If you're not sure how to bring this up, try talking about a change in your personal life that has led to this decision. Talk about how your family is growing, and now you need more money to support them, or how you need to pursue further education or training to grow professionally.

9. Need a different work environment

Sometimes you find yourself in an environment that simply isn't comfortable for you. Maybe the work culture isn't up to your standards, or you want to take a break, or perhaps it's time to try something new. Whatever the reason, quitting your job should be approached with care. While writing your resignation letter, make sure you cover all the bases and avoid hurting any feelings.

10. Unfair treatment

Suppose you have a reason to believe you've been discriminated against or treated poorly by your higher-ups. In that case, you may want to consider writing a formal resignation letter that states your intention to file a complaint or legal action against your employer. As with all resignation letters, it's imperative to be as objective as possible in your description of the events and provide examples if possible.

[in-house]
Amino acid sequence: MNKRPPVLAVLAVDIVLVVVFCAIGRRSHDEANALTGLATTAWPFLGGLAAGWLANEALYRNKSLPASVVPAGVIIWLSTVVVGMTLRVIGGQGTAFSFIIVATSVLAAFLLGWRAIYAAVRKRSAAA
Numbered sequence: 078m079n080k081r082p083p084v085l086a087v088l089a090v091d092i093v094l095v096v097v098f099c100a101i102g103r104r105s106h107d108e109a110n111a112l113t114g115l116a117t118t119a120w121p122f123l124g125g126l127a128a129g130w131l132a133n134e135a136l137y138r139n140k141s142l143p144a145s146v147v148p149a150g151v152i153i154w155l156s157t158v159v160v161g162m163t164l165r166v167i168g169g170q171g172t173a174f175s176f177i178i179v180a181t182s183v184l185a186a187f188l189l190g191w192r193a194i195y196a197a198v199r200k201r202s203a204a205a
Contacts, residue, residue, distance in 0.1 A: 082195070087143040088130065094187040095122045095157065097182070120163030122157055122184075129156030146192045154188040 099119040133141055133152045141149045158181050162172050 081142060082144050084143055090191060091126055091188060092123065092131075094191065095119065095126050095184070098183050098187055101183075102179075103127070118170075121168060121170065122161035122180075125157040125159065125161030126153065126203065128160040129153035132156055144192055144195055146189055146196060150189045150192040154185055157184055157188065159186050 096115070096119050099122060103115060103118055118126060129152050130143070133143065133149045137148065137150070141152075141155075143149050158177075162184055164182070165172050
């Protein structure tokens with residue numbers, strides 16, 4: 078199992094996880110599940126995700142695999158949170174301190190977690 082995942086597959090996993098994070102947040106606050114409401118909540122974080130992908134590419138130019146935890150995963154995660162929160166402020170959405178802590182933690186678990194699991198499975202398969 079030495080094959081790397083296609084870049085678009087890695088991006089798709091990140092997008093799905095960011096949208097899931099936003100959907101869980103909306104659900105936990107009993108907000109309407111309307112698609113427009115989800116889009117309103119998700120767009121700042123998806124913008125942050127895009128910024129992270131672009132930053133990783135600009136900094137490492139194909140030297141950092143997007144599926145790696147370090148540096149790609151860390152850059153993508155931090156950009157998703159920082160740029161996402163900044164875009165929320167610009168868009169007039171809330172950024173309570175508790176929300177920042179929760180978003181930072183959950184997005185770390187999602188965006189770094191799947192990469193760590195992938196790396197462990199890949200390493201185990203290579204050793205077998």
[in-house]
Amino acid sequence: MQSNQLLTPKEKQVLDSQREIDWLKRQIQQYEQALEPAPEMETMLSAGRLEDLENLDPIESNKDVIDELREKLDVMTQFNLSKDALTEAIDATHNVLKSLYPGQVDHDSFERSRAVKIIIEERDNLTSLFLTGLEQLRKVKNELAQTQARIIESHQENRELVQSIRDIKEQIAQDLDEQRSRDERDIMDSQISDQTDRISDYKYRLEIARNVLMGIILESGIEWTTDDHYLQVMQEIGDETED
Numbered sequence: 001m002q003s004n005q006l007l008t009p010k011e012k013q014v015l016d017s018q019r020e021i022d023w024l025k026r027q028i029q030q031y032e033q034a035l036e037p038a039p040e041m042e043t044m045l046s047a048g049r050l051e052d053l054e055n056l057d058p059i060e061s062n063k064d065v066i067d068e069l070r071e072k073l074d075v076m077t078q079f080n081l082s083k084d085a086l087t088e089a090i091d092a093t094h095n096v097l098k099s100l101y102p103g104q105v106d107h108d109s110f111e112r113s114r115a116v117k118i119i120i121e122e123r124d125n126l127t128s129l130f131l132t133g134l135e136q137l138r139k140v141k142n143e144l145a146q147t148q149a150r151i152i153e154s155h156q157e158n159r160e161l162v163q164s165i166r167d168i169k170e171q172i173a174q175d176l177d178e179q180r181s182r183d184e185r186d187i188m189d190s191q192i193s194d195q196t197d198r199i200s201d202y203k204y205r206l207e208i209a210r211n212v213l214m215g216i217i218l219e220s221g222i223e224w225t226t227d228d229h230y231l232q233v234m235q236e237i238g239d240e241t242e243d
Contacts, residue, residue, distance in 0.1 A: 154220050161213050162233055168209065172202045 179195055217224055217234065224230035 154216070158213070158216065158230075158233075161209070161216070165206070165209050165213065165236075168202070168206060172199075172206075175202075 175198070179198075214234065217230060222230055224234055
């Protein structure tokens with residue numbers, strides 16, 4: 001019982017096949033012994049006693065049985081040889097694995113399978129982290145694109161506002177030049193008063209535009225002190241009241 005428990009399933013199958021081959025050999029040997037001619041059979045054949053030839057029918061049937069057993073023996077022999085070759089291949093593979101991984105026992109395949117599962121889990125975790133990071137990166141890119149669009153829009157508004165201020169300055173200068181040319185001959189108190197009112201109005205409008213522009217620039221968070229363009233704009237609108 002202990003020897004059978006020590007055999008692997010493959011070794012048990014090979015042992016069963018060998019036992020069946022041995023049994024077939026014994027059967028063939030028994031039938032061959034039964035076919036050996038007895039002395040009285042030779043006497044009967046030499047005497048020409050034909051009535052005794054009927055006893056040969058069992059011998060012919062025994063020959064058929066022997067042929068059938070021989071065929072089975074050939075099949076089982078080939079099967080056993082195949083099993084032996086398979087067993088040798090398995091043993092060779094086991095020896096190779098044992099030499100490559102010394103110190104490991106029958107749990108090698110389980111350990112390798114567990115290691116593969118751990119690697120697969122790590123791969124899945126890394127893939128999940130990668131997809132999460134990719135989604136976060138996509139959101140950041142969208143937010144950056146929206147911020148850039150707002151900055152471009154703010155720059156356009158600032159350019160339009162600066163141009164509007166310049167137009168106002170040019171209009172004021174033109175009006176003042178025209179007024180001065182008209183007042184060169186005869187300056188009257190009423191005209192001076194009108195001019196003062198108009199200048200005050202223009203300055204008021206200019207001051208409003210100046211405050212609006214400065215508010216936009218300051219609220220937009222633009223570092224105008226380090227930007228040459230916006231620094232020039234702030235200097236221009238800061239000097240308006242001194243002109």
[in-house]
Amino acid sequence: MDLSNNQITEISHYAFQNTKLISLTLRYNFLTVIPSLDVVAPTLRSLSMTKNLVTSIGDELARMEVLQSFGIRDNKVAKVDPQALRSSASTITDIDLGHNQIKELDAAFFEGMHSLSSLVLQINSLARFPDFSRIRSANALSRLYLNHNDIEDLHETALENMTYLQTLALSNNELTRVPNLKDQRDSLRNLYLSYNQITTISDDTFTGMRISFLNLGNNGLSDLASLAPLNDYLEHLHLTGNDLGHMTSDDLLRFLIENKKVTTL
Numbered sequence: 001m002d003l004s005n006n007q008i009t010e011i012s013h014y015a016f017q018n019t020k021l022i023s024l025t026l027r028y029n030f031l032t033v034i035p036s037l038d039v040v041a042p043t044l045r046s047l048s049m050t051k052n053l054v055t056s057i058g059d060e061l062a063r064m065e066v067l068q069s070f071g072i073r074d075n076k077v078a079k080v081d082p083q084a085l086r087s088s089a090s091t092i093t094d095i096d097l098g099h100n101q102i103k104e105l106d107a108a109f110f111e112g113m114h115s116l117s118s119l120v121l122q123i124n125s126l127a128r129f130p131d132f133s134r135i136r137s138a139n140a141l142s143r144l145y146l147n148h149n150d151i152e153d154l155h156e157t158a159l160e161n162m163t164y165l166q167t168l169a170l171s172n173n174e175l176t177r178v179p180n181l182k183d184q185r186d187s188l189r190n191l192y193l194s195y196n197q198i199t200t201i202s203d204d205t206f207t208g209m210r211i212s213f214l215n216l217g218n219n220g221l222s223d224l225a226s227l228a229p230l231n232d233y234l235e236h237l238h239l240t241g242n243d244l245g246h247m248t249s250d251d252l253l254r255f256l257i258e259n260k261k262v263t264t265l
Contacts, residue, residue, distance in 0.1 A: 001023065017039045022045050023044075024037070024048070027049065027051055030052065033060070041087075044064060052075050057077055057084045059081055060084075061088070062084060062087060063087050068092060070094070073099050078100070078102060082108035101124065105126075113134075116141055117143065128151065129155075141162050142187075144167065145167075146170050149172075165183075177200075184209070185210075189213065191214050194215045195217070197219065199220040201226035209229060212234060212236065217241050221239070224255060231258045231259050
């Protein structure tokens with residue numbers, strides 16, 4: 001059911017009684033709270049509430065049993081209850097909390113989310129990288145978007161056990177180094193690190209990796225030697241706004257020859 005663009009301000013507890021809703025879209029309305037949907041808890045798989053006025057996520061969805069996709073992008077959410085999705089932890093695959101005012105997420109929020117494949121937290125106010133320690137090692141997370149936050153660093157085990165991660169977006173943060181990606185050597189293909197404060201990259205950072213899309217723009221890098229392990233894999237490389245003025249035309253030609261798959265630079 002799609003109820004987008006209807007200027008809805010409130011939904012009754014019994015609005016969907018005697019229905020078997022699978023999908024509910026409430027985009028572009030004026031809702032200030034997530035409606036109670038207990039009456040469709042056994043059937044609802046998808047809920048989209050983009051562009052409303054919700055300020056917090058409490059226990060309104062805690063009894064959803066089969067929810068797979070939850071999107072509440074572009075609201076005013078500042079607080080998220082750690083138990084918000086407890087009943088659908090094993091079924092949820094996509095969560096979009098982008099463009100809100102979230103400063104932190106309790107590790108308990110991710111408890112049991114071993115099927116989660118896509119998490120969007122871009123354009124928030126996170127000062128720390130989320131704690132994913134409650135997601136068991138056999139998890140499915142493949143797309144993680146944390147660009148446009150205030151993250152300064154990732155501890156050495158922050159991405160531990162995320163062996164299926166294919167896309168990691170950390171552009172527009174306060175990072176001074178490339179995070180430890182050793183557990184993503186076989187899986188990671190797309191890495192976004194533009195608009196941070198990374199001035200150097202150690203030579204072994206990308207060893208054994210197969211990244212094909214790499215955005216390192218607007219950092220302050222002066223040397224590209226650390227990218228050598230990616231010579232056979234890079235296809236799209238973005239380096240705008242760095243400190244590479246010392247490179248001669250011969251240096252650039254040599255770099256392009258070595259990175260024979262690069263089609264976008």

11. Mental health reasons

Mental health reasons are also valid reasons for leaving a job. One of the most important things you can do for your mental health is to put yourself in an environment where you feel safe and supported and comfortable to grow as a person and reach your full potential.

This is one of the most challenging things to explain because it's very personal, but if your job or workplace contributes to your mental health struggles, then it's time to move on.

12. Relocating